Jun - 27 - 2017

Areas of Focus

I have over 25 years of work experience doing everything from carrying out the trash to negotiating contracts, desiging job descriptions, and developing operating procedures. I also have a BBA and MBA from Ohio University. My BBA includes triple-majors in Management and Strategic Leadership, Finance, and Marketing, and the OU Integrated MBA program has a consulting focus. My years of experience, the three majors of my undergraduate education, and the consulting focus of the OU MBA, combine to support my goal of providing management consulting services to growing businesses to help them overcome their current limitations and deliver superior value to their customers, their employees, and their share holders.

There is a relevant quote from one of my management text books, a book entitled Implementing Organizational Change, theory and practice, by Bert Spector. The quote reads as follows:

Only when managers care about the legitimate interests of stockholders do they strive to perform well economically over time, and in a competitive industry that is only possible when they take care of their customers, and in a competitive labor market, that is only possible when they take care of those who serve the customers-employees.1

I find this quote especially relevant when evaluating the concept that an organization has multiple stakeholders. As a management professional it is my responsibility to understand the needs of these three constituencies; marketing to understand the needs of the customer, finance to understand the needs of the stockholders,  management to understand the needs of the employees, and strategic leadership to bring all of the pieces together to facilitate the long-term needs of all stakeholders.

Marketing

Marketing must be the primary activity in which a company engages, and all successful companies enact the marketing concept. The marketing concept "holds that achieving organizational goals depends on knowing the needs and wants of target markets and delivering the desired satisfactions better than competitors do"2. While one often hears the phrases 'sales and marketing,' or 'marketing and advertising,' these phrases reveal a fundamentally flawed view of the concept of marketing. In both cases, these phrases imply an identity between marketing and advertising, and that they occur in conjunction with the sales effort. To use an analogy, this is like equating writing with typing. It would be a critical misconception to assume that there is nothing more to writing a great novel, or a great non-fiction work, than the mere act of typing. After all, being a great typist does not immediately make one a great writer.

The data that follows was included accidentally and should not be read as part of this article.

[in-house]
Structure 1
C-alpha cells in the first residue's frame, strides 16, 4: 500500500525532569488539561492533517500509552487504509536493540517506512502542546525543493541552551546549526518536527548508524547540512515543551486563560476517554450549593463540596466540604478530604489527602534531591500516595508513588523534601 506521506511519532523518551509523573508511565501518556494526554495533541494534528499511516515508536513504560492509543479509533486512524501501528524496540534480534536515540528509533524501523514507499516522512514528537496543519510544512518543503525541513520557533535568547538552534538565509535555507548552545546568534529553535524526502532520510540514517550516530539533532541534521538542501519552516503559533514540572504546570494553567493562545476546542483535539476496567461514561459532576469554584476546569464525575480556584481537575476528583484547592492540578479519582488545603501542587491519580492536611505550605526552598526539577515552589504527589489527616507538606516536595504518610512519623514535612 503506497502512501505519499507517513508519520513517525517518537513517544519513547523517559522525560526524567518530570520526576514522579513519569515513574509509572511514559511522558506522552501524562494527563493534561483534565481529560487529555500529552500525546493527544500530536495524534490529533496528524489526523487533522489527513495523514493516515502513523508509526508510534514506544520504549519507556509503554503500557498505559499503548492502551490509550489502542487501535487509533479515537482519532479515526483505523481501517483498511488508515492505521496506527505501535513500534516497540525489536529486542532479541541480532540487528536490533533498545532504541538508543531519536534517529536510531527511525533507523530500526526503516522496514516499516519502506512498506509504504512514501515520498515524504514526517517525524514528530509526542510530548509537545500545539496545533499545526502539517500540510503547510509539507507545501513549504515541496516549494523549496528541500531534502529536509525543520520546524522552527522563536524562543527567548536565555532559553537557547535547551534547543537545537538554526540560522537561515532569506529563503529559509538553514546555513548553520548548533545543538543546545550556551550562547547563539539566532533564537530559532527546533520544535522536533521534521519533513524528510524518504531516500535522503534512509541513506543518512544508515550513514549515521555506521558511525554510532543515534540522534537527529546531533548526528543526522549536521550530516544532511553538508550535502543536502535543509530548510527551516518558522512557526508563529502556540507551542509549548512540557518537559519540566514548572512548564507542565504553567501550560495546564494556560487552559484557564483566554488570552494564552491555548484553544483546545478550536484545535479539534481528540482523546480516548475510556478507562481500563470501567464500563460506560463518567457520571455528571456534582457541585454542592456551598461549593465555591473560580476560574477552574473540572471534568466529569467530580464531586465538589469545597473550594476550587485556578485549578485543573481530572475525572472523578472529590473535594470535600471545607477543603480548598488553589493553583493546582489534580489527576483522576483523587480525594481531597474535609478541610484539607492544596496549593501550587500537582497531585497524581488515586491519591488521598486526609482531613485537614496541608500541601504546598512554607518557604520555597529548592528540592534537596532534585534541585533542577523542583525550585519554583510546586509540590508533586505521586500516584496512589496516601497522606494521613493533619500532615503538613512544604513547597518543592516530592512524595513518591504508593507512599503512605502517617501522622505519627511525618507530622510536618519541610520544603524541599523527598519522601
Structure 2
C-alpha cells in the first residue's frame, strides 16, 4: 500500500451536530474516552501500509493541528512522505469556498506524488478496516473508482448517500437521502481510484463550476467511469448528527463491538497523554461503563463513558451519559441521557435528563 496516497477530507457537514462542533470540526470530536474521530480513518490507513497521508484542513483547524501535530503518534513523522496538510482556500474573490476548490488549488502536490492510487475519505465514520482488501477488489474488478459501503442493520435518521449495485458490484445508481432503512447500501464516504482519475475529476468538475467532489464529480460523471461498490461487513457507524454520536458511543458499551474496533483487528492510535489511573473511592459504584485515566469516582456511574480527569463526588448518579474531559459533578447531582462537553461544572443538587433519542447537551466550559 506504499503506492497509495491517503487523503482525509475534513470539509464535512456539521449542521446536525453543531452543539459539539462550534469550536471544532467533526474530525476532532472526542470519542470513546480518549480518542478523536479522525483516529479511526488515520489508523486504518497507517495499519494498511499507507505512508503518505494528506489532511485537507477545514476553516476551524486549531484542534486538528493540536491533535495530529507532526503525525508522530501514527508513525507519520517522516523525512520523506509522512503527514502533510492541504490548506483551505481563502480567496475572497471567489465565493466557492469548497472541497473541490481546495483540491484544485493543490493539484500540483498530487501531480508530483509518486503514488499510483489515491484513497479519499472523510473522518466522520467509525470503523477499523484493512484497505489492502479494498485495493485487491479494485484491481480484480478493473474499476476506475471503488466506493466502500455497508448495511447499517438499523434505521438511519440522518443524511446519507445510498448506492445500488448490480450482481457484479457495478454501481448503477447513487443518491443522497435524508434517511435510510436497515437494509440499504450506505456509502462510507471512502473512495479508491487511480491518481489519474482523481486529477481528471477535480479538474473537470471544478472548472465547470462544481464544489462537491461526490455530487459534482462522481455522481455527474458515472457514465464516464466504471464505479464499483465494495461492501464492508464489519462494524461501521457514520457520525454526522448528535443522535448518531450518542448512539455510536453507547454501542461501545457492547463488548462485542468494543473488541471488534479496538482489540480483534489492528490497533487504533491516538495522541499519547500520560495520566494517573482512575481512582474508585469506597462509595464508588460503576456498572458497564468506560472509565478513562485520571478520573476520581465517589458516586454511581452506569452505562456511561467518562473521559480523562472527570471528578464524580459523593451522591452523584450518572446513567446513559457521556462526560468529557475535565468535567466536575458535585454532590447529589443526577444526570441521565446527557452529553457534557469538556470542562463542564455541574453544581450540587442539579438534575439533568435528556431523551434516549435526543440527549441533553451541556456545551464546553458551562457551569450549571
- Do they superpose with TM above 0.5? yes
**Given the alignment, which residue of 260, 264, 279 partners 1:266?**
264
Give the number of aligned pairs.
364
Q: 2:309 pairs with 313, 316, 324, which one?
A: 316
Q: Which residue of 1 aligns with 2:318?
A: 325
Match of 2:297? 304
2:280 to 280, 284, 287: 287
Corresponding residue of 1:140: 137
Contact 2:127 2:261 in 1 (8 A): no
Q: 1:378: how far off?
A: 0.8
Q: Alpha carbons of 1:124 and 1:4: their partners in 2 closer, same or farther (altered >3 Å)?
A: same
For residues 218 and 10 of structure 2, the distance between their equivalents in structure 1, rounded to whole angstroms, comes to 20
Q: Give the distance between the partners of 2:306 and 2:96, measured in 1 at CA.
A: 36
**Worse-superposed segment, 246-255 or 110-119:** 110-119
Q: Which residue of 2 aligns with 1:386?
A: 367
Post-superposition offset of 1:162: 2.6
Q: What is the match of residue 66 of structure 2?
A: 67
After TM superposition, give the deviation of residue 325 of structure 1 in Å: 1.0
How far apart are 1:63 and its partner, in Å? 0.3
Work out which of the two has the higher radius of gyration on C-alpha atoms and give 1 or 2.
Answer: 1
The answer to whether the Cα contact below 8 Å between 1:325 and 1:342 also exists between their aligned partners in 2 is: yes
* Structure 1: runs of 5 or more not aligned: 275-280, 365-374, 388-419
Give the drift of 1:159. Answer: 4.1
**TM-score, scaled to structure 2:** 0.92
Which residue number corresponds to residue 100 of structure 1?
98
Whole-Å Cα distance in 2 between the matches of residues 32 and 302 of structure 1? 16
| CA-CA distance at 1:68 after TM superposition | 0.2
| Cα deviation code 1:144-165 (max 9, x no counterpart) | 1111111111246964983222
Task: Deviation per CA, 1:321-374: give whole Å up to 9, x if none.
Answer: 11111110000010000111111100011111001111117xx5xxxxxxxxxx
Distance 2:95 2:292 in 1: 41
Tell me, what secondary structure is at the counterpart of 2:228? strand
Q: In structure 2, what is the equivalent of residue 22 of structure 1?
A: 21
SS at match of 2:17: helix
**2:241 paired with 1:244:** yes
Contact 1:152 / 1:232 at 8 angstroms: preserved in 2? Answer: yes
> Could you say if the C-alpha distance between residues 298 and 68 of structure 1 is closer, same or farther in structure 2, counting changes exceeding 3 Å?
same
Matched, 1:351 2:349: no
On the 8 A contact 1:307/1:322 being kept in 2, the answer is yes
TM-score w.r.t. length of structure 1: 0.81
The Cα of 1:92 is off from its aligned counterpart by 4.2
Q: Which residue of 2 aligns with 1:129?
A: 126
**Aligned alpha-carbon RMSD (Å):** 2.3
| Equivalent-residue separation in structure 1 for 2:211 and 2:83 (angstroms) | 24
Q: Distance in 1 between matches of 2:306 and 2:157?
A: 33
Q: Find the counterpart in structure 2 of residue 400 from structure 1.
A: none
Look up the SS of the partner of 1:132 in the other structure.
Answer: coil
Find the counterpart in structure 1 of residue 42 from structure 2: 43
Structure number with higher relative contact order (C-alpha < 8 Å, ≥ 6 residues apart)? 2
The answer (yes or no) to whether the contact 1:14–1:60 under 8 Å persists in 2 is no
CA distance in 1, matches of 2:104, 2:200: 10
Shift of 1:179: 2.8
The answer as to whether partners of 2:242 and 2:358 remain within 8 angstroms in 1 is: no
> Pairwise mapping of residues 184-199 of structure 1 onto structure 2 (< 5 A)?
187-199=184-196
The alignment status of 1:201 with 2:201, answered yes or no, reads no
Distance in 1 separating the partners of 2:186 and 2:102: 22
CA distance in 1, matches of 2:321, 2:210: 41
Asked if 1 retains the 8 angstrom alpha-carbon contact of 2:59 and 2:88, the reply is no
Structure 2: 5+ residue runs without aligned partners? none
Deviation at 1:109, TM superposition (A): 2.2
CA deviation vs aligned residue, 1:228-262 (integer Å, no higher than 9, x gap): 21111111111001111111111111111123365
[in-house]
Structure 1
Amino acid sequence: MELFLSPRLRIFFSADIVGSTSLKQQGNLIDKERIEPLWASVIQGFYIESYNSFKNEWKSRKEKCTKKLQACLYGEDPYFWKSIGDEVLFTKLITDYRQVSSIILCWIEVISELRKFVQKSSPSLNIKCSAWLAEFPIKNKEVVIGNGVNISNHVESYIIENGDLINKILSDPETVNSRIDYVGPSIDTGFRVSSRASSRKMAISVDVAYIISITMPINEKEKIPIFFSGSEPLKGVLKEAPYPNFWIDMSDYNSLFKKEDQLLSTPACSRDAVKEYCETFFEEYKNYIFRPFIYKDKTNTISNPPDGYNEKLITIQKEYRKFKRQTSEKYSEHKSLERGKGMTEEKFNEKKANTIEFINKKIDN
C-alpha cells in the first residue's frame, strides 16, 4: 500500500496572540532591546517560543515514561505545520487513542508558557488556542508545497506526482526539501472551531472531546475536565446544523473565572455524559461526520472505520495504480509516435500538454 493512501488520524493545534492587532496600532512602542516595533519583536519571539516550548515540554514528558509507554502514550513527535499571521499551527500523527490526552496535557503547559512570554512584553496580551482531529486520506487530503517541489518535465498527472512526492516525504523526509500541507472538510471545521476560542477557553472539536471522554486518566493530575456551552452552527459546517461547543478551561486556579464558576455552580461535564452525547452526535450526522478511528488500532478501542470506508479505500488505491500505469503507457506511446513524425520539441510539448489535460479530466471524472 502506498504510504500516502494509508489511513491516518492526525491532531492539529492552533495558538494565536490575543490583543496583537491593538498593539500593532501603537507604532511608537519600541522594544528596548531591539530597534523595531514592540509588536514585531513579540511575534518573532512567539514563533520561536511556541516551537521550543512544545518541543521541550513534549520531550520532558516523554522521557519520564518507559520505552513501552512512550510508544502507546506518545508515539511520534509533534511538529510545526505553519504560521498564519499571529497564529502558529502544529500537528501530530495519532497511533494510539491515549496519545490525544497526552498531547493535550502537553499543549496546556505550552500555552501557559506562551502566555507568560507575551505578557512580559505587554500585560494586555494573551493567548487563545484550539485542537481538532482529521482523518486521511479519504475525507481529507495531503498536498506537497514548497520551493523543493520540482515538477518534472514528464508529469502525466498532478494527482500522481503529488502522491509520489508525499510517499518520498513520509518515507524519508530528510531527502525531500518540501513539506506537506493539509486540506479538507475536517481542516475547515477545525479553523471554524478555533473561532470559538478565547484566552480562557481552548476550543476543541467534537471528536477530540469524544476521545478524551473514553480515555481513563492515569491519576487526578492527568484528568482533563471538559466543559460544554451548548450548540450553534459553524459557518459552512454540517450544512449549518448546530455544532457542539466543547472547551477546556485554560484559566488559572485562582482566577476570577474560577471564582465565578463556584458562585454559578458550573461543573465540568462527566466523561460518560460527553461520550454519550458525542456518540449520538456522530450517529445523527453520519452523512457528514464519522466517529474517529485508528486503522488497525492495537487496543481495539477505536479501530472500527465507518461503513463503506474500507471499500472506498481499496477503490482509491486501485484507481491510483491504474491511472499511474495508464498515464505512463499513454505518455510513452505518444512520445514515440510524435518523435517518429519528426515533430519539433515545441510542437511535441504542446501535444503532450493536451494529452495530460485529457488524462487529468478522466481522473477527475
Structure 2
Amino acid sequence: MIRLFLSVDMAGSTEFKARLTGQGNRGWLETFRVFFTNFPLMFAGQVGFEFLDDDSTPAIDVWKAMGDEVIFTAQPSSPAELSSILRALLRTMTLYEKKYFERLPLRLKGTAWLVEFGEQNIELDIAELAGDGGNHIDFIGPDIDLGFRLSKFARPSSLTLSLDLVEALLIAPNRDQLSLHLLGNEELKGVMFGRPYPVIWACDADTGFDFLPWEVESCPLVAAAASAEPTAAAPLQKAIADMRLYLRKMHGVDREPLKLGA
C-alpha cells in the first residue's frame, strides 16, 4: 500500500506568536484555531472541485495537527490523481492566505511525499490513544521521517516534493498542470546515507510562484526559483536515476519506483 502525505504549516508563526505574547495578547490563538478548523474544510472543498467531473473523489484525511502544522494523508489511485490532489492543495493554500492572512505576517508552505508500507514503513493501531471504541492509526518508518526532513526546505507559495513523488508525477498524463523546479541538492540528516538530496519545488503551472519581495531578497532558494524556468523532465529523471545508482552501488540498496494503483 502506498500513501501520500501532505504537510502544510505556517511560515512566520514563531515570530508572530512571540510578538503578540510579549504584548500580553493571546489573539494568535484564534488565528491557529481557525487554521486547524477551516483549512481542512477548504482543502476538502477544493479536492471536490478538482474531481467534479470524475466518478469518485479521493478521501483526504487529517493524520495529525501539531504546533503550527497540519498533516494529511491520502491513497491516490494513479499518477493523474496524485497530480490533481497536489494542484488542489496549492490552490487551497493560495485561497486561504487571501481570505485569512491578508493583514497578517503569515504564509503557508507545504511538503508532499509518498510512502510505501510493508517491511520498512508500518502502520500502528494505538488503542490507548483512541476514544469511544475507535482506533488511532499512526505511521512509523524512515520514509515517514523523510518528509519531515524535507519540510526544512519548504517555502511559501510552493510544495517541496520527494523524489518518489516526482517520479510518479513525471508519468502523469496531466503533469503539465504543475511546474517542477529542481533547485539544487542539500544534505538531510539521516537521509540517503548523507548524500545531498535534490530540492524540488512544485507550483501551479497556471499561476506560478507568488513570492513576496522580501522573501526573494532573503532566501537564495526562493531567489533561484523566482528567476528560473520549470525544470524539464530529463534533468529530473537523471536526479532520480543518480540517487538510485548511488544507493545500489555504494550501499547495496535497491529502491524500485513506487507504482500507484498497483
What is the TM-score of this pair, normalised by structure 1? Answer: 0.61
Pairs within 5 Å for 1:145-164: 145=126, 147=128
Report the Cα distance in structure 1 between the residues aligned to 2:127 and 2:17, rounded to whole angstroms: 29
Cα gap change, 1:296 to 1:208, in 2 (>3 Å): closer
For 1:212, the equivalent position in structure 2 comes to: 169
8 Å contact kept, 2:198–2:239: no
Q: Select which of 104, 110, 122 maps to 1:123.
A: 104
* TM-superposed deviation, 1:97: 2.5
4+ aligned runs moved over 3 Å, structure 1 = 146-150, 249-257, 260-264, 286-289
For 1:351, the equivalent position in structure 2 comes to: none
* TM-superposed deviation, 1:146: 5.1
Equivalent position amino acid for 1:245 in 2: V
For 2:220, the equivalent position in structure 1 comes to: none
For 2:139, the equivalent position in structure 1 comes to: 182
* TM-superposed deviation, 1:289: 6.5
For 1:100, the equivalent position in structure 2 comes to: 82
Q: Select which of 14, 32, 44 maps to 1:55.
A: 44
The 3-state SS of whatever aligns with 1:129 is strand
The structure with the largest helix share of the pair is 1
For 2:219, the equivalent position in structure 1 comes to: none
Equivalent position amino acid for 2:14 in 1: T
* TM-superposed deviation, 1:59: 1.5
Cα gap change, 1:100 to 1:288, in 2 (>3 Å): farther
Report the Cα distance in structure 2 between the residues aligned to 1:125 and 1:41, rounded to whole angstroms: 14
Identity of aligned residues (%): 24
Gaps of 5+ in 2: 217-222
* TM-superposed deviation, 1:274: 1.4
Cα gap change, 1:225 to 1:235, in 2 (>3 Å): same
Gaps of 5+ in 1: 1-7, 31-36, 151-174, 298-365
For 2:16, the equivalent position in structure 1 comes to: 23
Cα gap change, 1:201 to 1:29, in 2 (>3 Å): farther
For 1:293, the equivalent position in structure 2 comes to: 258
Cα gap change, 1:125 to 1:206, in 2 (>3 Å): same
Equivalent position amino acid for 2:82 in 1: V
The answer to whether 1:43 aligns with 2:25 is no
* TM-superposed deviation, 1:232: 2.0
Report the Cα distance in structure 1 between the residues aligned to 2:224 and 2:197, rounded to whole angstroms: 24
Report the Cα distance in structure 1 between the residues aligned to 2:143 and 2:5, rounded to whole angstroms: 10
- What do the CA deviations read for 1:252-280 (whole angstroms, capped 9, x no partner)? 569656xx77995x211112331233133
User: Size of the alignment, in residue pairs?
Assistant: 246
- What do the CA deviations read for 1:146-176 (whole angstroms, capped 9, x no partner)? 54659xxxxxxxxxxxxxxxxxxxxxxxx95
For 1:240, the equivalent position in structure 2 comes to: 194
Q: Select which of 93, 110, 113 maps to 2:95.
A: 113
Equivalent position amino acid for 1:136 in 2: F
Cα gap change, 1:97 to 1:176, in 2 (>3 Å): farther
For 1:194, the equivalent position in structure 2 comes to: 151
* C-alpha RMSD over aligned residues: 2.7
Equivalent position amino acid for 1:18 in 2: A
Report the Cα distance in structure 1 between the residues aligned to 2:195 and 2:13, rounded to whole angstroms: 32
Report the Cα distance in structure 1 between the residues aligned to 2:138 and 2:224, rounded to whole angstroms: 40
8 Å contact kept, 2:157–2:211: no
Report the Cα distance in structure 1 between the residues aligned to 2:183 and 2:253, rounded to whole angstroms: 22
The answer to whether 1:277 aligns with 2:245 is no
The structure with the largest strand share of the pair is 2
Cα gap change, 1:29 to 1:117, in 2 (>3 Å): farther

To continue to stretch the analogy, perhaps to the breaking point, one may note that the typing of a novel is the final action in a very thoughtful and cerebral process. In the same way, sales and advertising are the final actions in the thoughtful and careful process of identifying the customer's needs and developing a product, with all of its extended components, that will both satisfy the needs of the customer, and leave the business in a profitable position that will allow it to continue to exist for the long-term benefit of the stakeholders.

As a management professional, my focus on marketing involves constructing an environment where the marketing concept is brought to its full manifestation, and to allow the benefits of the marketing concept to pervade the organization. Constructing such an environment requires more than intention, it requires a marketing plan that encompasses a segmentation strategy, a positioning strategy, and a financial strategy.

Finance

Finance is the lifeblood of a company. This analogy is so pervasive that the term 'hemorrhaging cash' has made it into the vernacular. Finance is also the muscle. This analogy is also so pervasive that the phrase 'financial muscle' has entered the vernacular. While it is common to associate finance with complex trading strategies or creative portfolio management, these are but two aspects of the very large field of study that is finance. My interest in finance focuses on the financial management of an organization. While it is true that 'hope is not a strategy,' having lots of cash on hand could be. Profitable businesses, both small and large, generally fail because they run out of cash. The two main reasons for this situation are under-capitalization, and failure to be appropriately profitable.